Wild Empathy

Wild Empathy, VR research project, 2018

Human-produced climate change, development, and resource extraction have dramatically affected the forests in BC, specifically old-growth forests. Over the last decade, because of the reduction of these ecosystems, the province’s forests no longer function as carbon sinks, they are now carbon sources. Old growth trees play a crucial part in these forest ecologies. They take in vast amounts of carbon from the atmosphere because of their growth rate that accelerates with age; they provide rich sites of biodiversity unlike newer trees; and they function as crucial hubs of networked mycorrhizal activity in the forest. The Sierra Club of BC has stated that unless there is a significant change in the practice of old-growth deforestation, there will be an ecological and economic collapse in the province.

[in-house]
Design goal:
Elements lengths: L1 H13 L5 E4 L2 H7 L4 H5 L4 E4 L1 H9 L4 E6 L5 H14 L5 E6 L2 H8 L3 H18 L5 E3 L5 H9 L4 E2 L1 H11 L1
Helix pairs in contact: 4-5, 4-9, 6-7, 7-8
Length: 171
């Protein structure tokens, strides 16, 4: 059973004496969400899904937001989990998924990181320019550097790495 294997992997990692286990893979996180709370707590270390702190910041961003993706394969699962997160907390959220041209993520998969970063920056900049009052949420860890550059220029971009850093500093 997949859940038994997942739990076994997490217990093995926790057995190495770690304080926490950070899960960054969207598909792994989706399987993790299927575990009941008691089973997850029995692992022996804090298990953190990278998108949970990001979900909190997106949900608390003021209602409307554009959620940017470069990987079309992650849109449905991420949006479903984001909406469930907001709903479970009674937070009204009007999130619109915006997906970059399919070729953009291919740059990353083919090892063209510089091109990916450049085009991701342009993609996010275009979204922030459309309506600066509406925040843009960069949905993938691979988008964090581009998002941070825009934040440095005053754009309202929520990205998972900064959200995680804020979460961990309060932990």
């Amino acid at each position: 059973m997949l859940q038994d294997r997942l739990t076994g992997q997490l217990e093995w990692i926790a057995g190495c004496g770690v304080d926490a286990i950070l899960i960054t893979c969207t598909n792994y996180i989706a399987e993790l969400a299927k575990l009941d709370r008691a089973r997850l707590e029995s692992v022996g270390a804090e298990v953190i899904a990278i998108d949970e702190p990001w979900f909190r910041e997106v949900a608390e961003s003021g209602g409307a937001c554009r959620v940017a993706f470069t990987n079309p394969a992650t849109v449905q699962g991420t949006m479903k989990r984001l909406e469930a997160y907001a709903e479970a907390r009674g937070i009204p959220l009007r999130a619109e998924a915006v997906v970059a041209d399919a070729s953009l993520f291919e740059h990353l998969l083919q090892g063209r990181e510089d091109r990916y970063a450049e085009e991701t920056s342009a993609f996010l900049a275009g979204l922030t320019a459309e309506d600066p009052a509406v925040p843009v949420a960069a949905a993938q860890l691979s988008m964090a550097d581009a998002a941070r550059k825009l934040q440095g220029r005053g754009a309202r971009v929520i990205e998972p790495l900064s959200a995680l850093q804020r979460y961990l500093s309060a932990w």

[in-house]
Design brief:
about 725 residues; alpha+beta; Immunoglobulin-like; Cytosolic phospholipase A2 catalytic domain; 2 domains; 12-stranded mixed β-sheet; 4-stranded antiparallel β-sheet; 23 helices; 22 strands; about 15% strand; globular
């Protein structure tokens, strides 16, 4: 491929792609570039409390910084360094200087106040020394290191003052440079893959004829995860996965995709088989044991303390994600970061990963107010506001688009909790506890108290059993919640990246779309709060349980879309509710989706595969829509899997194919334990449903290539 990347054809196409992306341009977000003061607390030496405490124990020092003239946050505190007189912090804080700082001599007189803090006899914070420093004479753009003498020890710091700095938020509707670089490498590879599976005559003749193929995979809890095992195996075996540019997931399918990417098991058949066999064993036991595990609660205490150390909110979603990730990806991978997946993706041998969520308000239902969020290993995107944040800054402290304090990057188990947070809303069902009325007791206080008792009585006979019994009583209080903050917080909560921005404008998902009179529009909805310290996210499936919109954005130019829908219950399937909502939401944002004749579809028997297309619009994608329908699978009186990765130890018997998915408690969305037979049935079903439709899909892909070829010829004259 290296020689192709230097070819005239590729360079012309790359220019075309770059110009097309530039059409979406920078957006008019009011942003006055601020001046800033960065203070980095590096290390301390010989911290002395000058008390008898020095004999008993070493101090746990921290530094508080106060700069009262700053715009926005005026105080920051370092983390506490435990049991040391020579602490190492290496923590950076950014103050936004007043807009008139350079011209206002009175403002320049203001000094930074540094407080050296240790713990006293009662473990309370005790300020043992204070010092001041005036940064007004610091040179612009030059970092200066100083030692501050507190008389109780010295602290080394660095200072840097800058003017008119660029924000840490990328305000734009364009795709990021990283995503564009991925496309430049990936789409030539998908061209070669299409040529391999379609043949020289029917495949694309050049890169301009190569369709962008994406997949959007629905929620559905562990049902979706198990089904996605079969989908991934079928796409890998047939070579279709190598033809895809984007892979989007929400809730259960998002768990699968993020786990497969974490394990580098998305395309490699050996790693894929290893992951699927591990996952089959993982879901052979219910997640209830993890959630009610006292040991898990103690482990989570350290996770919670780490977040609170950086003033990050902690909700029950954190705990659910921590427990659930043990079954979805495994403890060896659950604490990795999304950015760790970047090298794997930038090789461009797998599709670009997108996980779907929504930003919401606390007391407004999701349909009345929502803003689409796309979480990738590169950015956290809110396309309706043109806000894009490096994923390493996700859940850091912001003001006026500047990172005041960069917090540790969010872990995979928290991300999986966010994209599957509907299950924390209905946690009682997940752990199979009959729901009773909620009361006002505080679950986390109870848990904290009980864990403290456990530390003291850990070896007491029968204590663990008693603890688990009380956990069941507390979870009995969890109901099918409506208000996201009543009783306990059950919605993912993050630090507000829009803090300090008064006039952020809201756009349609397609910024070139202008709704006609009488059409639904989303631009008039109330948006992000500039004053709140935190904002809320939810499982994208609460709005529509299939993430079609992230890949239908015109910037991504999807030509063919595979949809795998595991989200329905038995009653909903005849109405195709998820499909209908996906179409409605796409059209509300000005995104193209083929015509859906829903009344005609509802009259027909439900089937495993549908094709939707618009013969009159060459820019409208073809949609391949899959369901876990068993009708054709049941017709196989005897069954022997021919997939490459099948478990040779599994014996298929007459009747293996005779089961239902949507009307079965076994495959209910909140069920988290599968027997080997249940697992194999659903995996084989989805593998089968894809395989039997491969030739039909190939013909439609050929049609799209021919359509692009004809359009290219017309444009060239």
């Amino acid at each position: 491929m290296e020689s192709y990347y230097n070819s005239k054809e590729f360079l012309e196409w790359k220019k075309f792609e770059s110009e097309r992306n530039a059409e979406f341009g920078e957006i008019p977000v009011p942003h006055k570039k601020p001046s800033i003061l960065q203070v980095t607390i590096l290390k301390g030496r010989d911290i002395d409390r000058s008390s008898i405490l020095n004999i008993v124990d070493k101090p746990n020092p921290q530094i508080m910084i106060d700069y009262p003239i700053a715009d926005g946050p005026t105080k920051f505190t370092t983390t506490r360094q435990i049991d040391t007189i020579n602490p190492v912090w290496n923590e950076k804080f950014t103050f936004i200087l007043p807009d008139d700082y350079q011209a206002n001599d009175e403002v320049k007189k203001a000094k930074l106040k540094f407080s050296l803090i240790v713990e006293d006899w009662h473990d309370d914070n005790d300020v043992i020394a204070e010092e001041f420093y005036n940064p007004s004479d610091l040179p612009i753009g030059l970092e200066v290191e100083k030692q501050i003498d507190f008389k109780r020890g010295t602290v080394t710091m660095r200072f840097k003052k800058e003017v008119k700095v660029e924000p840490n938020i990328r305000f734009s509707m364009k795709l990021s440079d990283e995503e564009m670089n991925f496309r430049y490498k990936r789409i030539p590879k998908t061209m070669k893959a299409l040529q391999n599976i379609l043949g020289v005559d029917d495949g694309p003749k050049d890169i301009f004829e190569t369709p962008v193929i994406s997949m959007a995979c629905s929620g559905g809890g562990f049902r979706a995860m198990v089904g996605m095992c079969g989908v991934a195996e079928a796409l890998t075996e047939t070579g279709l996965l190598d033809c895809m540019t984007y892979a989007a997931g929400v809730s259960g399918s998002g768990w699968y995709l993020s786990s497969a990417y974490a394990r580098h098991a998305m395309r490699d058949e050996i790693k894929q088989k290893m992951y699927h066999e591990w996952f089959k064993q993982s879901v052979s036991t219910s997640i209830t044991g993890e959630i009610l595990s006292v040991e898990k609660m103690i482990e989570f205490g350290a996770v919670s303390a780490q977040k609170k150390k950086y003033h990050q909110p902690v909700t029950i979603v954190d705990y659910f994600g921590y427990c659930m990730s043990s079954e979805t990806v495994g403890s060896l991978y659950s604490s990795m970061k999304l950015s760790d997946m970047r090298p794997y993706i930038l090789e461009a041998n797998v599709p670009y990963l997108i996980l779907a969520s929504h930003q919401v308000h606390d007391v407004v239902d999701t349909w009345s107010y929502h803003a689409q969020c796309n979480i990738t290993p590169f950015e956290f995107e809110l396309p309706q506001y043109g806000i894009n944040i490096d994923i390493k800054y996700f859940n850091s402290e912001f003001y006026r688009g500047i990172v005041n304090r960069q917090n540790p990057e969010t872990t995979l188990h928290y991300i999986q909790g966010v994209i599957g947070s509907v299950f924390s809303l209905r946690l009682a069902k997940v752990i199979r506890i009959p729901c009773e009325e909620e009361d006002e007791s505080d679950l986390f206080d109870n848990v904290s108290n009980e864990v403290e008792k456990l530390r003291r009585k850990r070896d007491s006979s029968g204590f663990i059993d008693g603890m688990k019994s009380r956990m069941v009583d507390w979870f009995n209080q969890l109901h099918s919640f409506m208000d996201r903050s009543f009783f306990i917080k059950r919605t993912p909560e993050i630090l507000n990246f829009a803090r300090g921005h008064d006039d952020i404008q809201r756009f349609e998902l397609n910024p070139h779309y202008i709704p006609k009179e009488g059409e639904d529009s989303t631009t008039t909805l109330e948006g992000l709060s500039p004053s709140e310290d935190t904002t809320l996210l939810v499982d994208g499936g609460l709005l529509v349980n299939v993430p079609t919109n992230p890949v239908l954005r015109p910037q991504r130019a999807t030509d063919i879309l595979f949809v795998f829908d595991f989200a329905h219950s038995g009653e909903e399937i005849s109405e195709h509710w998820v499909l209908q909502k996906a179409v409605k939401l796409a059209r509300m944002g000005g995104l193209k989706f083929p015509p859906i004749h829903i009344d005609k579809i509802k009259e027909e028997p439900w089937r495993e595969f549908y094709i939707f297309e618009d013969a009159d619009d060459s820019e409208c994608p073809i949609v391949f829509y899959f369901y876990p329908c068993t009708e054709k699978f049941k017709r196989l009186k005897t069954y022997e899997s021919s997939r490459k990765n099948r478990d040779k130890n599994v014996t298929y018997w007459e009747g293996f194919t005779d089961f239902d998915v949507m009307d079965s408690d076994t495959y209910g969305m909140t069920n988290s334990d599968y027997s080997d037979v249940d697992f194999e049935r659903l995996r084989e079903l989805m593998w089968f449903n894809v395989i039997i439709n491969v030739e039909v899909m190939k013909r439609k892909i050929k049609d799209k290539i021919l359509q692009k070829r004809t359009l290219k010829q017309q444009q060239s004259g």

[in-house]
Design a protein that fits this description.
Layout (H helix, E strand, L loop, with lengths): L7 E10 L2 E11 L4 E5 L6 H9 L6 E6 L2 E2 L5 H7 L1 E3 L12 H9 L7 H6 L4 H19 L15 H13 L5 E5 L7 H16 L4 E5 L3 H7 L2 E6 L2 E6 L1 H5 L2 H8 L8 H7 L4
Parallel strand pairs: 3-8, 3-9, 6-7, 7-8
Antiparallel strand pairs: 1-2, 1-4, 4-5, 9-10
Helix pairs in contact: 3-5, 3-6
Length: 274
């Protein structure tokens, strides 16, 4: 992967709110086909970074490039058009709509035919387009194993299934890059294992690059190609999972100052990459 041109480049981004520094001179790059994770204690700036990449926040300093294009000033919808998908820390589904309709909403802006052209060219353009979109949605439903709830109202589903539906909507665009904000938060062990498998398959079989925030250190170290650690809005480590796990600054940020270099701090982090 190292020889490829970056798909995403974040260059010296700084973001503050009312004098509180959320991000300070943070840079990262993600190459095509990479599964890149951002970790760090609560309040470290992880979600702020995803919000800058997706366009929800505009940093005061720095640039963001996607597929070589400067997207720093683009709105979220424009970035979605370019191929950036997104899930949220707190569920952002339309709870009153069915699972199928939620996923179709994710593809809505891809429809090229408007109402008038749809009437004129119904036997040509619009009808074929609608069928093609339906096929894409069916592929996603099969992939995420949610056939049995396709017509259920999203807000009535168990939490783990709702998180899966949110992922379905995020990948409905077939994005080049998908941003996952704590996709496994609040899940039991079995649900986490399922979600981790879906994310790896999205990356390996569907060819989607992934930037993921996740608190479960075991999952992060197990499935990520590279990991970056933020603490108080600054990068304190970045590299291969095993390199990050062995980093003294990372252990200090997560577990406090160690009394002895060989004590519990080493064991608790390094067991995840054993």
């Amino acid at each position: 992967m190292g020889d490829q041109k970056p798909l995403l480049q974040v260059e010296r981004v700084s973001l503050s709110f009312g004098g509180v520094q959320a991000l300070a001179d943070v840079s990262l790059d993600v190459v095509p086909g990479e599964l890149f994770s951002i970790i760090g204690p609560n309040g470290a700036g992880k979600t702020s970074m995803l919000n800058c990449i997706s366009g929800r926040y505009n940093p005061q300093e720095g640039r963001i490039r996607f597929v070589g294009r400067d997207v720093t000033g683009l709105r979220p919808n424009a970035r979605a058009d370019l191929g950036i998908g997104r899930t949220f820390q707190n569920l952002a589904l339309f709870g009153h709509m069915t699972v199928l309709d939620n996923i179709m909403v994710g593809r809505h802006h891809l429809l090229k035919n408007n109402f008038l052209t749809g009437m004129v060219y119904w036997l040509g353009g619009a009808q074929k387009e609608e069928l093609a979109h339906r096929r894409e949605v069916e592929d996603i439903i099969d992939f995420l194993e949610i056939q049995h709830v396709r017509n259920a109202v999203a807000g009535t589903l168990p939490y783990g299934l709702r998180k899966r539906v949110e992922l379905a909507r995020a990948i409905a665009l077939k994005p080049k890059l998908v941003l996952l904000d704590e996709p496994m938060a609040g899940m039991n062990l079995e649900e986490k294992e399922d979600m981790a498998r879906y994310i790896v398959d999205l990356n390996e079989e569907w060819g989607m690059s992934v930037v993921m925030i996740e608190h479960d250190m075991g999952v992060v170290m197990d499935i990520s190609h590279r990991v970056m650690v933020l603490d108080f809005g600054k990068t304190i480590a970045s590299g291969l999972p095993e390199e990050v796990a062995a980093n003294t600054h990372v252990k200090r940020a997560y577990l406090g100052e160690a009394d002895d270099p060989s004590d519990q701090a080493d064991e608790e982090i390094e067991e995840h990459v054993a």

The purpose of Wild Empathy is to explore how new methods for aesthetic production, using immersive media in a VR prototype, can function to generate human empathy for, and ecological behaviors towards, local old growth trees and forest ecologies. The Wild Empathy experiments are based on the team’s recordings of old growth trees in a local forest. Read more

Research team:
Julie Andreyev, principle investigator
Dr Maria Lantin, director of the Basically Good Media Lab, ECU
Simon Overstall, composer and computational aesthetics
Dr Deirdre Brink, biologist
Damien Gillis, documentary filmmaker
Dr David Baar, computer scientist
Lorenz Jimenez, photographer and videographer
Sean Arden, research technician in the Mixed Reality Lab, ECU
Mana Hairichian Saei, research assistant, ECU
Edward Madojemu, research assistant, ECU
Michael Fowler, research assistant, ECU

Supported by: 
Gillespie Design Research Grant, Emily Carr University, 2018